Every growing season the garden is a different story. We gardeners never know what is going to thrive or stall. This year I have Magic Fountain delphiniums that have doubled their projected size. Needless to say, they don’t fit where they are planted, much to my chagrin and the lilies that are being crowded. If I had any inkling this was going to happen I would have divided them this spring. But no. So there they loom, a formidable presence in what would otherwise be a serene setting.
While the delphiniums dominate, the verbascum “Bold Queen” which usually fills in a significant patch of garden, achieving at least 4 feet in height, has decided to be coy, maybe 18 inches. This leaves a rather awkward vacancy. Ho hum.
Another snag — we cannot conveniently access our front door. This has been creeping up on us and now hits a crescendo. We, and everyone else, are ducking under the spruce boughs and sidestepping the bleeding hearts.
What to do? Widen the boardwalk that leads to the entry and remove the bleeding heart. Who would have thought?
From the street our home now looks like a Hobbit house. The spruce trees that had everyone so worried last year with the spruce aphid infestation seem to have responded by over compensating in new growth. Lots of new growth.
Have you noticed? Look around. The trees that survived have a dandy new dress to wear to the ball.
I’m planning a garden party. I love a party. But methinks the guest of honor may not be up to snuff. The garden doesn’t seem to be bloomy enough. The mock orange are usually the stars of the show but they are holding back. It seems like everything is holding back. The iris and lilacs are done. The peonies — well, peonies are everywhere so are no longer a main attraction. They have lost their “wow” factor. What a shame. I love them to no end anyway. The lilies have been in bud forever and seem hesitant to open. There is just no telling. Gardens are somewhat of a mystery and we (I) need to go with the flow.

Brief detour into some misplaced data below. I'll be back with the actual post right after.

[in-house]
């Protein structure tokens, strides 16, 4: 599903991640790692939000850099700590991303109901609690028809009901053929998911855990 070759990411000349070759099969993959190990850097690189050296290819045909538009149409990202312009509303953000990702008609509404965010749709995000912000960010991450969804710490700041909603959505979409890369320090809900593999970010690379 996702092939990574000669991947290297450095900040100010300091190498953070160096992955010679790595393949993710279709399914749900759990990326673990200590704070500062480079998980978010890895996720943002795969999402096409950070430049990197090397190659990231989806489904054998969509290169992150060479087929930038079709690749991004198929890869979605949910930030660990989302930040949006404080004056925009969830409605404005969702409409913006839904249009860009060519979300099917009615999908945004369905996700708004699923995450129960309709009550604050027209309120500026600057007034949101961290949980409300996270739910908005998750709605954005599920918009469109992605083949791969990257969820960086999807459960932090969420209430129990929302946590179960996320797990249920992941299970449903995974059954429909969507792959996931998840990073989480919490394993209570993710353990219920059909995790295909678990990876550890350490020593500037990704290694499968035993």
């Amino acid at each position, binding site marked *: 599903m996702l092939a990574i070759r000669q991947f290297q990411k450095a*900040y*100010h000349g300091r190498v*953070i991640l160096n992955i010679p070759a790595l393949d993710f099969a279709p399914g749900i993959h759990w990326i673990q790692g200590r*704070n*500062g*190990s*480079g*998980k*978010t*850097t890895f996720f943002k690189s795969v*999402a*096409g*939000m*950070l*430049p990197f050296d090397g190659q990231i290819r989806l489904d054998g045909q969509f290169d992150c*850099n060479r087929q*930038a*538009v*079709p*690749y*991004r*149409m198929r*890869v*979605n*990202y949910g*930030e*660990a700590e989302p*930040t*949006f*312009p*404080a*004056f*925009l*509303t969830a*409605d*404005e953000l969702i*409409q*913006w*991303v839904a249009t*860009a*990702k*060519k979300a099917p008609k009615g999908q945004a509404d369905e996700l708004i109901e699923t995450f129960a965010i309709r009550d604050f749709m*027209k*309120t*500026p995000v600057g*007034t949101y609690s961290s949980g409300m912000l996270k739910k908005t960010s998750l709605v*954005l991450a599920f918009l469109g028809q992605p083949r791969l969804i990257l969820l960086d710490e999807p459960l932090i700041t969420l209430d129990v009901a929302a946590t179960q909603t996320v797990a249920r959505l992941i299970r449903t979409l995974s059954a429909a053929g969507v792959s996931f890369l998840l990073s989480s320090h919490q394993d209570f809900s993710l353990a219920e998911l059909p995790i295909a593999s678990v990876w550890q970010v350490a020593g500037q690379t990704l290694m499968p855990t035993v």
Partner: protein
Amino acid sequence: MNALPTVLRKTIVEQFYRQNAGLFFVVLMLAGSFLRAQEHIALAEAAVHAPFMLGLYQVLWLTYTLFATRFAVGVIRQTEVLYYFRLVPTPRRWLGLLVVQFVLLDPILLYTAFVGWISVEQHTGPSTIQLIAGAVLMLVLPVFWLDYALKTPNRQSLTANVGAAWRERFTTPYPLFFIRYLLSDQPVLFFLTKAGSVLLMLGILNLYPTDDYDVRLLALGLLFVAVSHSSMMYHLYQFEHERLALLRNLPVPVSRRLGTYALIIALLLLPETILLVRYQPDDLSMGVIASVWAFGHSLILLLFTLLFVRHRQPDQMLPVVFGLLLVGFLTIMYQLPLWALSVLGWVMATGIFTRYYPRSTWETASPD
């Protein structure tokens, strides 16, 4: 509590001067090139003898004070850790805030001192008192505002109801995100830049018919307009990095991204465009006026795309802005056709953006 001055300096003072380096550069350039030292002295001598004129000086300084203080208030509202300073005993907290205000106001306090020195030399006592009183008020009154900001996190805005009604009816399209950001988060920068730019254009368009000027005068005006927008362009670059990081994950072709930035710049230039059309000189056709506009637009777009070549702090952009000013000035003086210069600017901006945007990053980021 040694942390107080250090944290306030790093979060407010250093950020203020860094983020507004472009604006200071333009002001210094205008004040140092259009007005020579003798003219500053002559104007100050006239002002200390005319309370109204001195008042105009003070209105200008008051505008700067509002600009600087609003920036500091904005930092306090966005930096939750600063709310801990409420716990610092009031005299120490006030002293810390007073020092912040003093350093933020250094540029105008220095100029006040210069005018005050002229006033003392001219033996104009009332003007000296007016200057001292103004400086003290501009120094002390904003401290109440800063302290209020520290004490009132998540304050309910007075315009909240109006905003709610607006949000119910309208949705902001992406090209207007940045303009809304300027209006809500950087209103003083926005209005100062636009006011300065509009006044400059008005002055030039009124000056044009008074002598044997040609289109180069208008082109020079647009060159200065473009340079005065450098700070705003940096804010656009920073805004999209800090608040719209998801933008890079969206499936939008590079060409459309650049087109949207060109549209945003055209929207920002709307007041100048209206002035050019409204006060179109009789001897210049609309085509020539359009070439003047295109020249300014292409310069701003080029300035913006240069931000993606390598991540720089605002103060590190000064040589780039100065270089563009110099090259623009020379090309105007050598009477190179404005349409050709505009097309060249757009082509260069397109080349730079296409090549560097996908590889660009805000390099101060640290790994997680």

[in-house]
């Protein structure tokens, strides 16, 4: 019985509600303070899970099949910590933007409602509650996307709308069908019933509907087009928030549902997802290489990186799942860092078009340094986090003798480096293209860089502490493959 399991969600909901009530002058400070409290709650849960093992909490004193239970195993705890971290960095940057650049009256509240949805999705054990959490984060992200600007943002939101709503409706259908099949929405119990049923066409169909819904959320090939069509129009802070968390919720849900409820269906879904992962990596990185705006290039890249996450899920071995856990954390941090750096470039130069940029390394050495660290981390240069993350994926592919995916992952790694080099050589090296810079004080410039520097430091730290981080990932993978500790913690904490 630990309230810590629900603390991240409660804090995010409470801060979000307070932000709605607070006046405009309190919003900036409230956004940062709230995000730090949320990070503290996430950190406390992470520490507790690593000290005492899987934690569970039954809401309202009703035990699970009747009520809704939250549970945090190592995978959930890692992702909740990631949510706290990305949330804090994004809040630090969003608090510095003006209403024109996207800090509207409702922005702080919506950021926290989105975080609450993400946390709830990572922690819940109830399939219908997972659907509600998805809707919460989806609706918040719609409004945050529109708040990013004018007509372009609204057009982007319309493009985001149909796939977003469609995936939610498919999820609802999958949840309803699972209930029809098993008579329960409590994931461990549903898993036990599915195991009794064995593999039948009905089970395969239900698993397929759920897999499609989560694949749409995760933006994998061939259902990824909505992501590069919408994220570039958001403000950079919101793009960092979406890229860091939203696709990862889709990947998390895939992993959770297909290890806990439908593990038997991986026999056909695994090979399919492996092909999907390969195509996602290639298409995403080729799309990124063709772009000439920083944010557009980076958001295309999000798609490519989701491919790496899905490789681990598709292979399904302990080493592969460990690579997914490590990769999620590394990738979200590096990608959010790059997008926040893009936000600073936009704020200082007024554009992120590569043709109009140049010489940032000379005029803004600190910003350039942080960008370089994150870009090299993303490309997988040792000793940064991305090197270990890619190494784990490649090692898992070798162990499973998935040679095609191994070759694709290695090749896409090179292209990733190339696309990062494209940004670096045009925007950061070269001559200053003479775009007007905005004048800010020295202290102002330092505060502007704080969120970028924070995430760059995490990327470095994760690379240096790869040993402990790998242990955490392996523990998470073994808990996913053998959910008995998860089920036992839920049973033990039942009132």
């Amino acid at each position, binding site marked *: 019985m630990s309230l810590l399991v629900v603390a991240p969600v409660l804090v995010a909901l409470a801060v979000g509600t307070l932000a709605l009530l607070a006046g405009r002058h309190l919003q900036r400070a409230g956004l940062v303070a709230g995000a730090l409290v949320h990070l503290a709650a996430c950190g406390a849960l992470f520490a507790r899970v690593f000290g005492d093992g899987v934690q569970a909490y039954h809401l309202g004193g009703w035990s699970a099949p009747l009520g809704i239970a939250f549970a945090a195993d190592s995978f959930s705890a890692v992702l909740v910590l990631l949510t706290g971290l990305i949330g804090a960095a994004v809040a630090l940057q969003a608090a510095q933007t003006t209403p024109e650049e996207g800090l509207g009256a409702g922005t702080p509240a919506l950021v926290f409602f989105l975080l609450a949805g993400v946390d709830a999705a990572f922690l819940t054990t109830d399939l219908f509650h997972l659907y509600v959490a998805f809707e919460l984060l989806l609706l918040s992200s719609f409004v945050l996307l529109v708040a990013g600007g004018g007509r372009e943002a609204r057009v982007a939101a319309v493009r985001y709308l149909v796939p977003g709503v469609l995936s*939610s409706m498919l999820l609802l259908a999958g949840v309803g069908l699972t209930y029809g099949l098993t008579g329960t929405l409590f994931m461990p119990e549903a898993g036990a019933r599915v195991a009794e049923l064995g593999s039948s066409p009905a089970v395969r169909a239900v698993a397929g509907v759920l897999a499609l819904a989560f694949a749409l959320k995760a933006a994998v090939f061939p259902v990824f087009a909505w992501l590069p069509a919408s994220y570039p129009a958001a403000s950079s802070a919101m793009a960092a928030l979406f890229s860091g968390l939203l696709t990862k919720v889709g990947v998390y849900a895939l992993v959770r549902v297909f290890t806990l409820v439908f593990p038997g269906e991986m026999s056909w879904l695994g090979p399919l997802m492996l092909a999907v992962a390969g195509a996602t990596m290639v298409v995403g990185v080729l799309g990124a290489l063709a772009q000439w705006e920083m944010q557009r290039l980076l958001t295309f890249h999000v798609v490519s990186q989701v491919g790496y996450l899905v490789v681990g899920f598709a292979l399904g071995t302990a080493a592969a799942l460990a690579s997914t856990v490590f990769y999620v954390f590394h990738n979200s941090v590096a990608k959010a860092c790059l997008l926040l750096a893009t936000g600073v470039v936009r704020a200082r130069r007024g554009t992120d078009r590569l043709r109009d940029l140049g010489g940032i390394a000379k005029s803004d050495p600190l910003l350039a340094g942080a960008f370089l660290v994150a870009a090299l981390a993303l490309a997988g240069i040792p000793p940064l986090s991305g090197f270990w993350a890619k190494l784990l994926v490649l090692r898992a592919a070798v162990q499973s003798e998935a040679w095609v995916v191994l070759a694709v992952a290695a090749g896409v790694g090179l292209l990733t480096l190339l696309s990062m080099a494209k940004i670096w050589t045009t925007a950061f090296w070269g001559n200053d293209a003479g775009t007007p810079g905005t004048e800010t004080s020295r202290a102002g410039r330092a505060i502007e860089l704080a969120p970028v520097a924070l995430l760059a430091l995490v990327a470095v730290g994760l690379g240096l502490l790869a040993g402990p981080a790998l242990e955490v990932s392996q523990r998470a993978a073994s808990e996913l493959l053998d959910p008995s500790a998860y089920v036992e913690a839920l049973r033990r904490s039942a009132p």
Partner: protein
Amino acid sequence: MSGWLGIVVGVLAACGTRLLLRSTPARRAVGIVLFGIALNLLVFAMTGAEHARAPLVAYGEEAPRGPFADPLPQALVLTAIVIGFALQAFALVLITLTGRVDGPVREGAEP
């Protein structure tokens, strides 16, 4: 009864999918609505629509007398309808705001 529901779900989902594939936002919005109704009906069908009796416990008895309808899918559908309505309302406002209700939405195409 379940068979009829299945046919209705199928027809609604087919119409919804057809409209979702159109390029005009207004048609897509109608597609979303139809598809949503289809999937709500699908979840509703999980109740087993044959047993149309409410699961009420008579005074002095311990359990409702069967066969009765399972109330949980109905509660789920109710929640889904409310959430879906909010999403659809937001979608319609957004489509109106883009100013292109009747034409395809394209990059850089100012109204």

Even the vegetable garden is being fussy. The onions are not magnificent and I have been able to count on Copra for years to make a gorgeous onion that keeps well. The Red Wings are looking good. But the shallots are taking their time to bulb. See what I mean? Interesting. Nevertheless the broccoli, romanesque cauliflower and chard are producing enough for fresh eating and the freezer. The purple cauliflower is just as purple as ever and I plant only enough for fresh — it tends to get quite mushy when frozen.
And what happened to my diligence in fending off the sparrows from the peas? The pea fence is usually festooned with the orange plastic tubes that the daily newspaper comes in and that seems to be enough to deter the birds. But I didn’t do it until today, which is looking like too late. And we like our peas. What did I think was going to happen? A change in preference of sparrows diet? Not likely.
Here’s another doozy — I think that if a pumpkin is living outside it shouldn’t need me to fertilize the female flower. I should think all of those honey bees and whatever else would get the job done. Well, this thinking has gotten me a whole lot of nothing in the pumpkin patch since I stopped doing the insects’ job. So I have managed to catch three or four and it looks like I’ll have pumpkins this fall. We’ll see, a lot can happen between now and then.
I overheard a conversation between two ladies at The Bookstore who had just purchased their tickets to the Gardener’s Weekend. They were bemoaning the perfection of the gardens they would be seeing, measuring their own against the ideals. Well, instead of feeling inadequate (which none of you are) try to take away one good idea from each of the gardens you visit. Just one. Write it down and try to implement it next year. Remember this — your garden is from your heart. It is uniquely yours and no one else’s. You love it and that is absolutely all that matters.
Rosemary Fitzpatrick is a longtime Homer gardener. She has been writing Kachemak Gardener since 1990.